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Posts Tagged ‘Christopher Abbott’

“SWEET VIRGINIA” My rating: C+

93 minutes | MPAA rating: R

Jon Bernthal

Slickly made but essentially hollow, “Sweet Virginia” is a good-looking piece of neo noir that fritters away a good cast on a so-so story.

In the first moments of this moody effort from director James M. Dagg and scenarists Benjamin and Paul China, three men engaged in an after-hours poker game in a small-town Rockies restaurant are gunned down. The boyish killer (Christopher Abbott) makes it look like a robbery, but we soon learn that he was hired by local gal Lila (Imogen Poots) to murder her no-good cheating’ hubby.

Lila isn’t thrilled that two innocent lives were taken in the operation; she’s even more upset when she learns that her late spouse was insolvent. There’s no way she can pay the hit man, whose name is Elwood, the $50,000 she owes him.

Meanwhile Sam (Jon Bernthal), a beat-up former rodeo champ, runs his motel (the Sweet Virginia of the title) and tries to ignore the fact that all those times he was dumped on his head will probably leave him with a case of early onset dementia.

Ironically, Sam has been having an affair with Bernadette (Rosemarie DeWitt), the wife of one of the shooting victims.  He’s decent enough to feel bad about continuing their liaison…but he gives in to Bernadette’s entreaties.

It all comes to a head when Lila, desperate to get the nasty Elwood off her case, sics him on a likely home robbery target. The ensuing mayhem will involve most of the film’s main characters.

“Sweet Virginia”  takes a long time to go nowhere.  Especially irritating is the dialogue,  which often dips into pretentiousness by giving the characters cryptic mumbles when all we really want is a straight declarative sentence.

That said, the perfs are fine with Abbott’s moody, unpredictable and unprofessional killer talking most of the honors.

| Robert W. Butler

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Joel Egerton, Kelvin Harrison Jr.

“IT COMES AT NIGHT” My rating: B

97 minutes | MPAA rating: R

The “it” of “It Comes at Night” doesn’t creep about on four legs or slither on its belly.  No fangs or claws. No growls or shrieks.

The subject of Trey Edward Shults’ sophomore feature (after last year’s devastating family drama “Krisha”) is fear. Fear of both the unknown, of whatever may be lying in wait for us, and fear of our own human selves which, given the right circumstances, can devolve into monsters far scarier than those lurking in the imagination.

As the film opens an old man is dying.  His eyes are black. Festering pustules dot his  body. Blood seeps from his nose and mouth. He breathes in gasps.

Whatever is killing the old man has spooked the other members of his family, who say their muffled goodbyes through biohazard masks. Then they load him up in a wheelbarrow and push him out to a pit where he will be dispatched with one bullet and his remains burned.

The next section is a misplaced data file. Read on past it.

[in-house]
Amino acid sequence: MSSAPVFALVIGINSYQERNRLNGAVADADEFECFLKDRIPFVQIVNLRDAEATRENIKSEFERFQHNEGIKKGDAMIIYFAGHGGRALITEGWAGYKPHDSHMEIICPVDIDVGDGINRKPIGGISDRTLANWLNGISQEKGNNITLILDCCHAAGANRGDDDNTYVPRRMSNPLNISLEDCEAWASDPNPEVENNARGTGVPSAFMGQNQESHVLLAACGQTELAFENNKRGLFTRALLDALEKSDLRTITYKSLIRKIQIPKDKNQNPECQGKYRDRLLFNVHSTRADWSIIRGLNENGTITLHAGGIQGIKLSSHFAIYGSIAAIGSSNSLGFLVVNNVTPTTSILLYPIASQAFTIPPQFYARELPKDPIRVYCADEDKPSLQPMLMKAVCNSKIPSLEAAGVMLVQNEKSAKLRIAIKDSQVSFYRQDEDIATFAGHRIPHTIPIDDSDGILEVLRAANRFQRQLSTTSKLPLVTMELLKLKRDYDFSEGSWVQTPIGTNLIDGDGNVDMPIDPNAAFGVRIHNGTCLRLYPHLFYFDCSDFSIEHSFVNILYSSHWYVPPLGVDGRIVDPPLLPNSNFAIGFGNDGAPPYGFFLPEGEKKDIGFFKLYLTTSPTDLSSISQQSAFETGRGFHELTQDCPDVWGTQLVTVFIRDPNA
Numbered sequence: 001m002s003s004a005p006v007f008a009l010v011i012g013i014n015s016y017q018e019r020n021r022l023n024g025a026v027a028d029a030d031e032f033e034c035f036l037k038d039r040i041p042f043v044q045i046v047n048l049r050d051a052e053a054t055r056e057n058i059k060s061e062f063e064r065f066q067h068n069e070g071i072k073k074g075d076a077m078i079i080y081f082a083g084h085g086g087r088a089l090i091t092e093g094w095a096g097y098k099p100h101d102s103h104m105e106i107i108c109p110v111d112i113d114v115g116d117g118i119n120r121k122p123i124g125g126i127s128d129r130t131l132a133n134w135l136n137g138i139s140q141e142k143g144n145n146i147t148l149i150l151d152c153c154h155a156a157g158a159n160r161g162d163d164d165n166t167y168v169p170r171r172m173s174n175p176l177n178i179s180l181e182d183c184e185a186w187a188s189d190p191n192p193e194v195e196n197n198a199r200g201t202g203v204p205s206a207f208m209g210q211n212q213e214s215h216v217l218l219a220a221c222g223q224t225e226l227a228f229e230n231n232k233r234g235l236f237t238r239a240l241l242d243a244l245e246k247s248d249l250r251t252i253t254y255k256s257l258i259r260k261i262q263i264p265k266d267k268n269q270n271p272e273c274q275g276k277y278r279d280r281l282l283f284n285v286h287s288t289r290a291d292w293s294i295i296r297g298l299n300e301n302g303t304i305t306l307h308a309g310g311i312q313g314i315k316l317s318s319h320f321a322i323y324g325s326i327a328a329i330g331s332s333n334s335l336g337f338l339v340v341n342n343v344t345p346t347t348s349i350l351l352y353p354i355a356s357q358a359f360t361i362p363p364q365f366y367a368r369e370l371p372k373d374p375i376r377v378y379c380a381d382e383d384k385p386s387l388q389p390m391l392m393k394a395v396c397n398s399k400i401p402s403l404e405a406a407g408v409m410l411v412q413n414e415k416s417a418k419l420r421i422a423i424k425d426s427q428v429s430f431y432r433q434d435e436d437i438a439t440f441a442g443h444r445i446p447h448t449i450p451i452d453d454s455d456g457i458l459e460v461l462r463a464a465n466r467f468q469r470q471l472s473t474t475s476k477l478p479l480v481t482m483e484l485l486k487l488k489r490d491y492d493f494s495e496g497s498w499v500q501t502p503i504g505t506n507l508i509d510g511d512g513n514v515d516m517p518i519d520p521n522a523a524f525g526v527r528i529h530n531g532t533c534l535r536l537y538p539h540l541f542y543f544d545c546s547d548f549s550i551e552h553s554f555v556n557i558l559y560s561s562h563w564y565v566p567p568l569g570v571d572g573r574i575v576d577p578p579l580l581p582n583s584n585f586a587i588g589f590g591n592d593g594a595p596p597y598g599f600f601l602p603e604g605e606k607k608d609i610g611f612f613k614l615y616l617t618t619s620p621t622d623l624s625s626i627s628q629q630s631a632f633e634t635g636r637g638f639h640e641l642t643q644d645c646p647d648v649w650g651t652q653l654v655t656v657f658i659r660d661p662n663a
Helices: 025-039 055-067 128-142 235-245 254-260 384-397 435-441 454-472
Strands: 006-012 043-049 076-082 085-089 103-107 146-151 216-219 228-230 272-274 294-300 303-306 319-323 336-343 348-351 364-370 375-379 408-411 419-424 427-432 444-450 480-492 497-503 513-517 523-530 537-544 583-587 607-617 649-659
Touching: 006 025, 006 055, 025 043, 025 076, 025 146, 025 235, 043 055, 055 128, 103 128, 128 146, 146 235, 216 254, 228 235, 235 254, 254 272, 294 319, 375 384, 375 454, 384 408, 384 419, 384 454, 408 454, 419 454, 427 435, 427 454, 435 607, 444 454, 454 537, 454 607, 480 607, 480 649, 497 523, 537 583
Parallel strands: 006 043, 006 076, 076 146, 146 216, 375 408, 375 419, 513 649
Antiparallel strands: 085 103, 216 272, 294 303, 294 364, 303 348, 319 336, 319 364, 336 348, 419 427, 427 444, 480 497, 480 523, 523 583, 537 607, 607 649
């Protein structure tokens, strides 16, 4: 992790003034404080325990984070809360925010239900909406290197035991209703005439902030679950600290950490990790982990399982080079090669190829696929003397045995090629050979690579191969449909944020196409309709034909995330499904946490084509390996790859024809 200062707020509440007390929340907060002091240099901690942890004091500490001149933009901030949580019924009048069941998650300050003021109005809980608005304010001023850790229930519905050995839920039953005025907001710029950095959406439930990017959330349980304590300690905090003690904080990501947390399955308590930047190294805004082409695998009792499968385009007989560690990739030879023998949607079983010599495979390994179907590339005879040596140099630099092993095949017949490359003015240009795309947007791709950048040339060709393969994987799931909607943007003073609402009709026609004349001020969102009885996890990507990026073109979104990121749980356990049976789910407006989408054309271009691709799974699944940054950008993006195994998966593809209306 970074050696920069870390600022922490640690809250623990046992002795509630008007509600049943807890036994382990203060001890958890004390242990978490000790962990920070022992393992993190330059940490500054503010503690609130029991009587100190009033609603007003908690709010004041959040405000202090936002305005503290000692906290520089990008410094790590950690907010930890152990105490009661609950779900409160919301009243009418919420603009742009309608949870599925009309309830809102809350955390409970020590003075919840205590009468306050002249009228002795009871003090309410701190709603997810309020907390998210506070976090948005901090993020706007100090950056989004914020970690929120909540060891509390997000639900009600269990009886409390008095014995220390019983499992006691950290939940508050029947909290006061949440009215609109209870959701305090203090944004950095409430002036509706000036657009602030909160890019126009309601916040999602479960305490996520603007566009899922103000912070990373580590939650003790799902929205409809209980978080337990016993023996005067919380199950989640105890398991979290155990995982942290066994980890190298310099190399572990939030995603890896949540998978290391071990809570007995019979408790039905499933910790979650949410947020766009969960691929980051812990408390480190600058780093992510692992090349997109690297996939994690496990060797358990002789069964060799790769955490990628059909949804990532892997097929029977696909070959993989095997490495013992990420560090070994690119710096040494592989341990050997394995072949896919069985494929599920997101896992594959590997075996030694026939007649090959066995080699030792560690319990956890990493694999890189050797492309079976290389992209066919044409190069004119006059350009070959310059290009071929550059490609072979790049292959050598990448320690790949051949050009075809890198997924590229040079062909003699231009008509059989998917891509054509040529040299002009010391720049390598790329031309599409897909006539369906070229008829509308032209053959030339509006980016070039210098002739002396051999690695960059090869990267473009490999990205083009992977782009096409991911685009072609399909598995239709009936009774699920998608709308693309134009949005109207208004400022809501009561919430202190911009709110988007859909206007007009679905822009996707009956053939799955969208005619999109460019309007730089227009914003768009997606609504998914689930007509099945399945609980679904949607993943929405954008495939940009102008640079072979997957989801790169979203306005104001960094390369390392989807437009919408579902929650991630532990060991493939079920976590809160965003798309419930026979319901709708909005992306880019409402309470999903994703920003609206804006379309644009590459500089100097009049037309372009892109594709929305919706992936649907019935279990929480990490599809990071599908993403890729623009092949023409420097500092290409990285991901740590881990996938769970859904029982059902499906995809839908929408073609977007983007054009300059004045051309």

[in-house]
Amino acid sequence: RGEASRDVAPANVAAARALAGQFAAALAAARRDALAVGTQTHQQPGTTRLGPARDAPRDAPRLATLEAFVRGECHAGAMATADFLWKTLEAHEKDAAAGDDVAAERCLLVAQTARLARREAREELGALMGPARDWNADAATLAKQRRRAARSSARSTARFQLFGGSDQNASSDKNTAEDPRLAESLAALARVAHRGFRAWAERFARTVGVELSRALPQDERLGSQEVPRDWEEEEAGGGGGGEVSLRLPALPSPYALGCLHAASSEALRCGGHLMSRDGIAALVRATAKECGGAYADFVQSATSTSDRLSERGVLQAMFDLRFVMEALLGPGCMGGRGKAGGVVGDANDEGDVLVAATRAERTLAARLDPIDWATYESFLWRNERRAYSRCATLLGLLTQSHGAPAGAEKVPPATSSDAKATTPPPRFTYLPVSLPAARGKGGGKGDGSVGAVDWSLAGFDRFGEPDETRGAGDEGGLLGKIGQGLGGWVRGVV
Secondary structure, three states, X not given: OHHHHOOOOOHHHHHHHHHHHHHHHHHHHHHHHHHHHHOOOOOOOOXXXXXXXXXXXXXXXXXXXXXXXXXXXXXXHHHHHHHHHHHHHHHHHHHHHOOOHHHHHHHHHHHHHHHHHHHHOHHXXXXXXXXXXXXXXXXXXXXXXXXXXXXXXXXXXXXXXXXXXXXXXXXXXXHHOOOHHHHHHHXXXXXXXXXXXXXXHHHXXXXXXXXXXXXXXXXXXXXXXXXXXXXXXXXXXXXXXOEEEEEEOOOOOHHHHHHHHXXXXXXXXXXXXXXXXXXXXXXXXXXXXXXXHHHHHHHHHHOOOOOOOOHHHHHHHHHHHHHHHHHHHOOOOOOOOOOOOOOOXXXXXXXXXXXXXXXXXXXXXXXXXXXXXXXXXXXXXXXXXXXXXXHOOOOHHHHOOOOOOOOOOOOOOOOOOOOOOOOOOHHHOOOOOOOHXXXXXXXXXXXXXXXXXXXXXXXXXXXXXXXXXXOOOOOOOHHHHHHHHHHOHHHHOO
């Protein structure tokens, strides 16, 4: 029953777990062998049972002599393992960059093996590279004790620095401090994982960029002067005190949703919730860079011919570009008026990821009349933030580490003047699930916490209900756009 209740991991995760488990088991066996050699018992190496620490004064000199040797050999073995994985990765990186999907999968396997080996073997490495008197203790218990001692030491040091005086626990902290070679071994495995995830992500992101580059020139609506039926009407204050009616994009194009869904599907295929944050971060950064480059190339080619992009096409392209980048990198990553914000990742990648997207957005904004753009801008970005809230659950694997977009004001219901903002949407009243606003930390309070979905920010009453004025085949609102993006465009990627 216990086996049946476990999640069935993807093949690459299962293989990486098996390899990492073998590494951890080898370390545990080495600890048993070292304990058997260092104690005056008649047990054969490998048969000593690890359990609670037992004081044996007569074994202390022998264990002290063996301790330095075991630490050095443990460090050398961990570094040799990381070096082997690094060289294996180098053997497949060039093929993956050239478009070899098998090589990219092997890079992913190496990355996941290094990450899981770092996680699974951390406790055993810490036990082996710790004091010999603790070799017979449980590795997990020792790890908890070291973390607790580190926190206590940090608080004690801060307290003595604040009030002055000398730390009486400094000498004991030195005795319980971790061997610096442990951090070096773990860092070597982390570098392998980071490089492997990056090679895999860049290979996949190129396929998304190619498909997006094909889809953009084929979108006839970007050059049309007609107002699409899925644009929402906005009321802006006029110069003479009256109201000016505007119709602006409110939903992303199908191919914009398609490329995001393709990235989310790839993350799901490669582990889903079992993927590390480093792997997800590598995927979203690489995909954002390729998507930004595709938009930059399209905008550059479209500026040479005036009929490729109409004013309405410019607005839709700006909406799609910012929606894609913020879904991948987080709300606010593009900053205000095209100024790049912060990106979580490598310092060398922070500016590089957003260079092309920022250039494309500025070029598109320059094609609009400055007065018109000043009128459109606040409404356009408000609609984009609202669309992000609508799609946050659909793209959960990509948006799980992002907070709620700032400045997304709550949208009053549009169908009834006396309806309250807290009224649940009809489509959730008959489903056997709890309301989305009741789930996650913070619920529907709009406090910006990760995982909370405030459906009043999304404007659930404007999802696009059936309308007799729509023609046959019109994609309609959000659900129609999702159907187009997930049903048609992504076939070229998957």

This is the new normal for Paul (Joel Egerton), his wife Sarah (Carmen Ejogo), and their teenage son Travis (Kelvin Harrison Jr.).  They live in a house deep in the woods. The windows are boarded up so that from the outside the place looks abandoned. They don’t venture outside any more than is absolutely necessary.  They are on constant alert for unwanted visitors.

What catastrophe has befallen mankind that they must live this way?  Schults’ screenplay never provides an answer and, anyway, that’s not what “It Comes at Night” is about.

Late one night the three hear someone trying to break in.  They capture the intruder, a young man named Will (Christopher Abbott) who claims he thought the house was empty when he began scavenging for supplies. Will says his wife and young son are waiting for him in a cabin nearly 50 miles away.

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Tina Fey...embedded

Tina Fey…embedded

“WHISKEY TANGO FOXTROT” My rating: B-

112 minutes | MPAA rating: R

Despite Tina Fey’s name above the title, “SNL’s” Lorne Greene as a producer, and a trailer that makes it look like a barrel of yuks, “Whiskey Tango Foxtrot” is not exactly a comedy.

Oh, there are some great laughs here. But this film from writer/directors Glenn Ficarra and John Sequa (“I Love You Phillip Morris,” “Focus,” “Crazy, Stupid, Love”) aims for bigger targets and generally hits them.

Based on journalist Kim Barker’s memoir of reporting on the Afghan war, “Whiskey Tango…” is about a more-or-less complacent American gal who gets bitten by the bug of high-intensity, risk-taking journalism.

As the film begins TV news writer Kim Baker (Fey) hasn’t a clue what she’s doing in the war zone that is Afghanistan. She’s naive about Muslim culture (particularly as it applies to mingling the sexes). She’s embedded with a unit of Marines who politely tolerate her ignorance (she discovers that a “wet hooch” is a tent with a shower), though they gradually warm up to her.

And she succumbs to the party atmosphere that explodes every booze-filled night as Western journalists — virtual prisoners in their frat house of a Kabul compound — let off steam through mass misbehavior.

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